By KONSTANTIN ROZHNOV
BARCELONA -- Eni SpA, Italy's biggest energy company by market value, said Tuesday that a refining boom in the Middle East is putting pressure on European refiners because the Middle East producers, who have lower costs, are now entering the market in Europe - especially the Mediterranean.
"Italy was a hub for Middle Eastern crude, but not anymore as Middle East [oil companies] are now vertically integrated," Domenico Elefante, Eni's executive vice president for refining, told Dow Jones Newswires on the sidelines of the Global Refining Summit in Barcelona.
Elefante also said it isn't a problem for Eni to replace Iranian barrels which are subject to western sanctions, as the import volumes have been low.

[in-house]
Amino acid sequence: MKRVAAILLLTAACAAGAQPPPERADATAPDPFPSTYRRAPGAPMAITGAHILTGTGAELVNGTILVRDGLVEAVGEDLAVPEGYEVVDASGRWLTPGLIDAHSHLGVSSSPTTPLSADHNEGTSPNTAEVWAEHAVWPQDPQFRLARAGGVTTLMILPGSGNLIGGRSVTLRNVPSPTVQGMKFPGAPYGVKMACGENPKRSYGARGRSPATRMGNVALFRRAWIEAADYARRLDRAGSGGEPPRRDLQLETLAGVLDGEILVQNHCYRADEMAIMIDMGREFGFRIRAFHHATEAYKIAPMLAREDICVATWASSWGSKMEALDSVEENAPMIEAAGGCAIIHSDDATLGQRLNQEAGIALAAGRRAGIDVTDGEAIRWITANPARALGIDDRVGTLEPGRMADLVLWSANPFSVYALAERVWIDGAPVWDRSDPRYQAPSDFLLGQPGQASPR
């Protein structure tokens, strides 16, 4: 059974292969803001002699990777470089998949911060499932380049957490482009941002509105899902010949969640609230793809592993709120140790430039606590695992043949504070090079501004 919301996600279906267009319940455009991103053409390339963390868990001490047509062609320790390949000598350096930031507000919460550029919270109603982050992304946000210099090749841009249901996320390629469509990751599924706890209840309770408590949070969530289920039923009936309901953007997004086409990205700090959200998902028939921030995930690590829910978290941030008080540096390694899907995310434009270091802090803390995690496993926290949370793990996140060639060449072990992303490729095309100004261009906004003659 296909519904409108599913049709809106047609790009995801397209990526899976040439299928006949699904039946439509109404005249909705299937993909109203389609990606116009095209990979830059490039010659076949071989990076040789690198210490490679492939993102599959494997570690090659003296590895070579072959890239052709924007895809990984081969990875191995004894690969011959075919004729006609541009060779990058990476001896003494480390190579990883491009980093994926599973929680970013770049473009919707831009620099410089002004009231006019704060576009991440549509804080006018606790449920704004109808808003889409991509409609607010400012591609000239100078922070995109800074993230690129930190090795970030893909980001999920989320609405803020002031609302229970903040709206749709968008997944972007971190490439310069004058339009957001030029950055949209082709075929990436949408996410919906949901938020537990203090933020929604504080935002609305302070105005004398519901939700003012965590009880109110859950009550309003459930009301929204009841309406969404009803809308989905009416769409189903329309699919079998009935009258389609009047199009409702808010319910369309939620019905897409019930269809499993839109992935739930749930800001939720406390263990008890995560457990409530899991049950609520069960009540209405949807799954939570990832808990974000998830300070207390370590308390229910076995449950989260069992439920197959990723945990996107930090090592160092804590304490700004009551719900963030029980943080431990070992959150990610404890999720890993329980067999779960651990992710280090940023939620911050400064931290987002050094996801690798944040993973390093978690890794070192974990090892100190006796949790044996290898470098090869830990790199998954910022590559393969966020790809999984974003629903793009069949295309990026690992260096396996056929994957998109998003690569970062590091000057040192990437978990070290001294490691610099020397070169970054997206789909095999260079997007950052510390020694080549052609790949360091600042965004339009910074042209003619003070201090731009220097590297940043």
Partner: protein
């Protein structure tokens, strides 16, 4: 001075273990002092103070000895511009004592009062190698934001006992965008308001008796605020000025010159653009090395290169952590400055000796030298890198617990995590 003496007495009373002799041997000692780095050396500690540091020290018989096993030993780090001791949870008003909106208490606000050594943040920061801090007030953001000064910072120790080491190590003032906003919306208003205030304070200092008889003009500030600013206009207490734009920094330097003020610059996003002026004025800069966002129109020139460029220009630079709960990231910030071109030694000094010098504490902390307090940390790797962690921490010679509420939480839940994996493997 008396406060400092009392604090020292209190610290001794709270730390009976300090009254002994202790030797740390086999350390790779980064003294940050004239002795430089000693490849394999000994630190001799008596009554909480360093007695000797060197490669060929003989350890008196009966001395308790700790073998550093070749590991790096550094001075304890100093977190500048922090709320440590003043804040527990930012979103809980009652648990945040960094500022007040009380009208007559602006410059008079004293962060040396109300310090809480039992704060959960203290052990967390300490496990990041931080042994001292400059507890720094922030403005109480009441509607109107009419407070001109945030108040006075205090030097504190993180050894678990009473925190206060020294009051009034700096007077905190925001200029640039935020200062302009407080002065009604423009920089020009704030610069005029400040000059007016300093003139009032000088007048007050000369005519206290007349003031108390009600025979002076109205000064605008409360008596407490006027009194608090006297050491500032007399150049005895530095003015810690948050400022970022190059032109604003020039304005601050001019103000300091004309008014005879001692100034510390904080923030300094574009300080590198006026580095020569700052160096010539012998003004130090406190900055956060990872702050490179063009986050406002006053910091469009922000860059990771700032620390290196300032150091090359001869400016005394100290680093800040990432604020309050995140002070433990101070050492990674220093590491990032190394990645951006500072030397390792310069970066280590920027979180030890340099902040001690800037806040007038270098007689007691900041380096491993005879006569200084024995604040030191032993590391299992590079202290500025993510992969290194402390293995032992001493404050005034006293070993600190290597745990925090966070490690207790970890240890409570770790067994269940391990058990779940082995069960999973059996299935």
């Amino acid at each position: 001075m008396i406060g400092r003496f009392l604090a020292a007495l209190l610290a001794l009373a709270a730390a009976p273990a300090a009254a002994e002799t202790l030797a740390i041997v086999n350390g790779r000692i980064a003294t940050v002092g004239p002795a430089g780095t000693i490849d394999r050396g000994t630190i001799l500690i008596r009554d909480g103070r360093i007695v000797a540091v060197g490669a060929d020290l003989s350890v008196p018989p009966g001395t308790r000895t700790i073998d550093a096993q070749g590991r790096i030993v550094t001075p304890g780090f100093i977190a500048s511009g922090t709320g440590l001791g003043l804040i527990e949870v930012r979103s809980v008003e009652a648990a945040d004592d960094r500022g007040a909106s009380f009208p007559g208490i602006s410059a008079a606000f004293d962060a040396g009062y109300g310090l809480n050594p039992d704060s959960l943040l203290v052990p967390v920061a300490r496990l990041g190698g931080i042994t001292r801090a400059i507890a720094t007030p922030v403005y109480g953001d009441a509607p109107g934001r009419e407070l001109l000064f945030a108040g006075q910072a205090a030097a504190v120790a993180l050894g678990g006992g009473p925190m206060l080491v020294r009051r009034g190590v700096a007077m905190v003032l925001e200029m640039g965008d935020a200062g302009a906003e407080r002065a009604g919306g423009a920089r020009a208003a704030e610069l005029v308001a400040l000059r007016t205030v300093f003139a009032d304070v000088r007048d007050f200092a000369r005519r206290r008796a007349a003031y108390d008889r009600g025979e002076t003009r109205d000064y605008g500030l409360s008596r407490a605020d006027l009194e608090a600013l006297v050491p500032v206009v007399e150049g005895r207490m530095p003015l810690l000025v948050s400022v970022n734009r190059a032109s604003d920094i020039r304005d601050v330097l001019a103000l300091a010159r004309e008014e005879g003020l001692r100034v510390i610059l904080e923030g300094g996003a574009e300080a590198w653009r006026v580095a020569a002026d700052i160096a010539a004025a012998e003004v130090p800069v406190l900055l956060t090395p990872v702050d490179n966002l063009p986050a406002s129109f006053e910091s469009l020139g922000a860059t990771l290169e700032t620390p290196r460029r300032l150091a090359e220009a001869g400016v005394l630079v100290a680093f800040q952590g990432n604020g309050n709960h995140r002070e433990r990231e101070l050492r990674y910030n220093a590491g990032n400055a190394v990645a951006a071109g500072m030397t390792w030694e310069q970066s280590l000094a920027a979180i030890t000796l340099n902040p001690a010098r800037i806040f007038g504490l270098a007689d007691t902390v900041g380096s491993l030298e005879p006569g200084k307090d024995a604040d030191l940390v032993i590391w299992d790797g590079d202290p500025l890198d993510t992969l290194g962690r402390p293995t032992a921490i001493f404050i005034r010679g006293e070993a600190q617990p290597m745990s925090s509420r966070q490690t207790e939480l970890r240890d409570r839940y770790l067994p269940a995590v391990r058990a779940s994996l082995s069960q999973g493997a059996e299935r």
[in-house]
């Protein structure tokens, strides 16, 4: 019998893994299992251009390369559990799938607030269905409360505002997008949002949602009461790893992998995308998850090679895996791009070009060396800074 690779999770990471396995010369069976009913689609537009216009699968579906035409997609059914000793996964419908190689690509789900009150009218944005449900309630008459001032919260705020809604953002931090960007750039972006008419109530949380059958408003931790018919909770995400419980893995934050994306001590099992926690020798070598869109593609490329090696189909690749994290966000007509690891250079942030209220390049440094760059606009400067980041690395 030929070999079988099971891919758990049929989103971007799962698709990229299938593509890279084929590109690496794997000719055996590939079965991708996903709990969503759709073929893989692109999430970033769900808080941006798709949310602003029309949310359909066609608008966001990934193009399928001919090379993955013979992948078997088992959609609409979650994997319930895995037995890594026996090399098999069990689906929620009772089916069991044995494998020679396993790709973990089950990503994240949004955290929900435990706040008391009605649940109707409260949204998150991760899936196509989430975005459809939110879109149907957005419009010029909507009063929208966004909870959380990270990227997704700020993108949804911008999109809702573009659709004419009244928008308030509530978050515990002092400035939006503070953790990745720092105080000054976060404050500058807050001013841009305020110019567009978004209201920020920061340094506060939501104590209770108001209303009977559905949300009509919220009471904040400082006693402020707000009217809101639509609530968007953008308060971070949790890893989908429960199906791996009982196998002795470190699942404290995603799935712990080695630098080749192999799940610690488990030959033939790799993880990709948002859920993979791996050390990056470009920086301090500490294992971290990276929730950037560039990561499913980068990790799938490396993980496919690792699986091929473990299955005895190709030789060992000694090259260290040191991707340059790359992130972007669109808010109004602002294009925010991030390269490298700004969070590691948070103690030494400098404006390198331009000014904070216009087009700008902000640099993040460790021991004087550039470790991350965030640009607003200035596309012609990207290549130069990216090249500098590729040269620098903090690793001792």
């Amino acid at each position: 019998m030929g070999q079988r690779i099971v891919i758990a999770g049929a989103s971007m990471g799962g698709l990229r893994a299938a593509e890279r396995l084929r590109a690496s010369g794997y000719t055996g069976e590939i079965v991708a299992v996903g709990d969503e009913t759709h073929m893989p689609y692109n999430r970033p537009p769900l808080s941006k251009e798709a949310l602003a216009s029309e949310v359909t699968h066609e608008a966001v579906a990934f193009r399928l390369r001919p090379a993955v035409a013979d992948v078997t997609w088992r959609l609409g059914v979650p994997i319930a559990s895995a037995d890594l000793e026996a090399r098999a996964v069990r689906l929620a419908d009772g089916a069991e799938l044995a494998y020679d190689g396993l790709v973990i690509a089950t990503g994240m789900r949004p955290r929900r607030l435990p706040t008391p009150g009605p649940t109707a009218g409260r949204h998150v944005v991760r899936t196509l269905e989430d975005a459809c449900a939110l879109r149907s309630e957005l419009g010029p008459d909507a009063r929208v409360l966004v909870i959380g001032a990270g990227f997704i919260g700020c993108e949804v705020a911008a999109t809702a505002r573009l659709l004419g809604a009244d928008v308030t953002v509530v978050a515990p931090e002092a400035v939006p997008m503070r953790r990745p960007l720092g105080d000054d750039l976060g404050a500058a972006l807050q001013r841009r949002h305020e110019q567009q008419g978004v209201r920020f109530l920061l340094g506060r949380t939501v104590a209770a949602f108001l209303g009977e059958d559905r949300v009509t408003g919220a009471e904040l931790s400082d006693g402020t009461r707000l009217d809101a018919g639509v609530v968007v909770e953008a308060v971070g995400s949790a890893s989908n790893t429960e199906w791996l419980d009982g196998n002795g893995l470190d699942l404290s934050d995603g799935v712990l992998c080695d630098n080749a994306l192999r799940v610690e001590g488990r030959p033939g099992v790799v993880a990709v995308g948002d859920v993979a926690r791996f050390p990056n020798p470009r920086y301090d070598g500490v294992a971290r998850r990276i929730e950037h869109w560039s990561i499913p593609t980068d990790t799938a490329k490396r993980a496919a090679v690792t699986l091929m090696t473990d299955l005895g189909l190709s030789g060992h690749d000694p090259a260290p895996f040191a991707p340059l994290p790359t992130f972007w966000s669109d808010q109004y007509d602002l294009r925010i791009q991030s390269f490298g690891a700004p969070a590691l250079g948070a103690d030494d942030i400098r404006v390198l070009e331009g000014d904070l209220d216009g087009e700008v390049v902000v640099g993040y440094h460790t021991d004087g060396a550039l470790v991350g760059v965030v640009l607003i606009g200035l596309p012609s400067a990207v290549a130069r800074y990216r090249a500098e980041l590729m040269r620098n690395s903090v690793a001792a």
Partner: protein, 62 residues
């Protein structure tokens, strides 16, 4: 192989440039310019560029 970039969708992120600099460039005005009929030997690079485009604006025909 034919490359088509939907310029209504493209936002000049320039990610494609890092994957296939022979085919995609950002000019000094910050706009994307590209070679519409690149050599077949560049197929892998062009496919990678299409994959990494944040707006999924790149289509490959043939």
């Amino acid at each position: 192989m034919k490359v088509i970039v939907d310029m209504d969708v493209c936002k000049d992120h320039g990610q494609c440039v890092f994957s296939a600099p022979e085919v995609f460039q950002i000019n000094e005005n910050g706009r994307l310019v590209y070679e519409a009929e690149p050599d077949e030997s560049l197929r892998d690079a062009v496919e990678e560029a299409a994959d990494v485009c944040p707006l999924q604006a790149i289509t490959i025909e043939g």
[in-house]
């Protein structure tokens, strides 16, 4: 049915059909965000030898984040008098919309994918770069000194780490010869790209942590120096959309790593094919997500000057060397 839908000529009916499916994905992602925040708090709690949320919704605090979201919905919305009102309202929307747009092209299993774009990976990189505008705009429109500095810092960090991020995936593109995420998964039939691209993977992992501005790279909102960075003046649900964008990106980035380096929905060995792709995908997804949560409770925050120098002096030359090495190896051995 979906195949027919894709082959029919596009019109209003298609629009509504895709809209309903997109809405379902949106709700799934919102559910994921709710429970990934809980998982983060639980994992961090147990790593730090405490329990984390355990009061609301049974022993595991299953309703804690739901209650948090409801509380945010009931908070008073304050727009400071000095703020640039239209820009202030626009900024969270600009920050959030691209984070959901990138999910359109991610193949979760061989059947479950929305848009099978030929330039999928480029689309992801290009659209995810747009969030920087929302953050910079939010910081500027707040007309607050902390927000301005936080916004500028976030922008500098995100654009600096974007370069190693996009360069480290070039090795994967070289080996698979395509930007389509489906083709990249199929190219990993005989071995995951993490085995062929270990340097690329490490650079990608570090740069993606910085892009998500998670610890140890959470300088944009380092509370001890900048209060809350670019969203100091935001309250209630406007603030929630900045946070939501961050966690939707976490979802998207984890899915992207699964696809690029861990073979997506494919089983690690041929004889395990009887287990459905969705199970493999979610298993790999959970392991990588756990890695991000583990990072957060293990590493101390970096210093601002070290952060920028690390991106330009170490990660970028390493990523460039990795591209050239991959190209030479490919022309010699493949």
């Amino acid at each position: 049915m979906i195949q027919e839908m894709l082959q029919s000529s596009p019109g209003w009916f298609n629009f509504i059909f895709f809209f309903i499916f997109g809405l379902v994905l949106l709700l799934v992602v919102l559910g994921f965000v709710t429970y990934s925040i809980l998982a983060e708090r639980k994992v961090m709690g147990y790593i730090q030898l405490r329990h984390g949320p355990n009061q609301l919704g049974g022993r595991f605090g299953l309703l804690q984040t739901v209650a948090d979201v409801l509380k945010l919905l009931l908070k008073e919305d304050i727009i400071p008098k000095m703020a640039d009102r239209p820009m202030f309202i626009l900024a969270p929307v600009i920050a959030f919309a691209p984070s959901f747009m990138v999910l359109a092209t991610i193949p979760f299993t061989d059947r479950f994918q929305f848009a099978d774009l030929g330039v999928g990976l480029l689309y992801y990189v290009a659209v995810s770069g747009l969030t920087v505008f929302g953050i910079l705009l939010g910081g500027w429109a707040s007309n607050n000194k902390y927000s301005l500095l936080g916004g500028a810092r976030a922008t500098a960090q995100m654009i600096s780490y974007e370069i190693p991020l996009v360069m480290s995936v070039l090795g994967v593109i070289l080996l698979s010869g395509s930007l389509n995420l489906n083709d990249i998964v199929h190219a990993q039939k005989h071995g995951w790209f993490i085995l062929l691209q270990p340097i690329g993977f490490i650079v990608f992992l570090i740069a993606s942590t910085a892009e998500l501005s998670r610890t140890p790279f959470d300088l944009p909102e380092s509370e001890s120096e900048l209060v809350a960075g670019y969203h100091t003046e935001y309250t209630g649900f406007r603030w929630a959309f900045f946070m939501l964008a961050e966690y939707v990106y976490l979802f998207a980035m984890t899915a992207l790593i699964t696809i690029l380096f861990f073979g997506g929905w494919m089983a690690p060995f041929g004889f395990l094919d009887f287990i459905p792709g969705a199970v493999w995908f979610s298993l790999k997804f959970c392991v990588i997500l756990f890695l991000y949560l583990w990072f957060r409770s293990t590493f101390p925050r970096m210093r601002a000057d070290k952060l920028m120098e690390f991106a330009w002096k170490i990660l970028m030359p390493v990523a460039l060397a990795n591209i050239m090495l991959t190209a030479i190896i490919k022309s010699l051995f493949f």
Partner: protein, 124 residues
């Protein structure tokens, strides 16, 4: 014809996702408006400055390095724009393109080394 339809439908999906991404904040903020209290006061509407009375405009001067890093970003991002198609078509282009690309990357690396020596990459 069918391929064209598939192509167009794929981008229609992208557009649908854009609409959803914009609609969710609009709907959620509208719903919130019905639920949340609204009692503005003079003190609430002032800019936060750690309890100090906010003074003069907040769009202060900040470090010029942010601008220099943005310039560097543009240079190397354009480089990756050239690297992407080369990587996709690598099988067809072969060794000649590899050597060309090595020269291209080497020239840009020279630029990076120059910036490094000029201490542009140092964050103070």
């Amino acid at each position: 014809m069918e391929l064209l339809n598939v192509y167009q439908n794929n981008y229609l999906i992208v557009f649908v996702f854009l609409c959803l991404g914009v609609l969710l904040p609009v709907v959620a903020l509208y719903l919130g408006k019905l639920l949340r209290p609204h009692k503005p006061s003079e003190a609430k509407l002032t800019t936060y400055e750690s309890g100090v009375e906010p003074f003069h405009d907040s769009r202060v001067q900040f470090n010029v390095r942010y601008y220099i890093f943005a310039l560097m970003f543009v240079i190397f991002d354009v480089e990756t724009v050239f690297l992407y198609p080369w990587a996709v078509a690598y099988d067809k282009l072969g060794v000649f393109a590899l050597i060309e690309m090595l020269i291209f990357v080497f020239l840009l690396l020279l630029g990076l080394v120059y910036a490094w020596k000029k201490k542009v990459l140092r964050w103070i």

He didn't provide further details on the volumes.
Eni is mainly sourcing oil from West Africa, the Middle East, Russia and Venezuela, he said.
Meanwhile, the strength in the price of Russia's Urals crude has made it a less viable grade for refiners to use than when it traded at a wide discount to physical benchmark Brent, Elefante said.
Elefante said output at Eni's Sicilian refinery of Gela had already fallen sharply amid a one-year partial shutdown announced last month.
Refinery runs at Gala will fall by more than 60% by the middle of June to about 30,000 bpd compared with levels seen before the partial shutdown, he said.
Dow Jones Newswires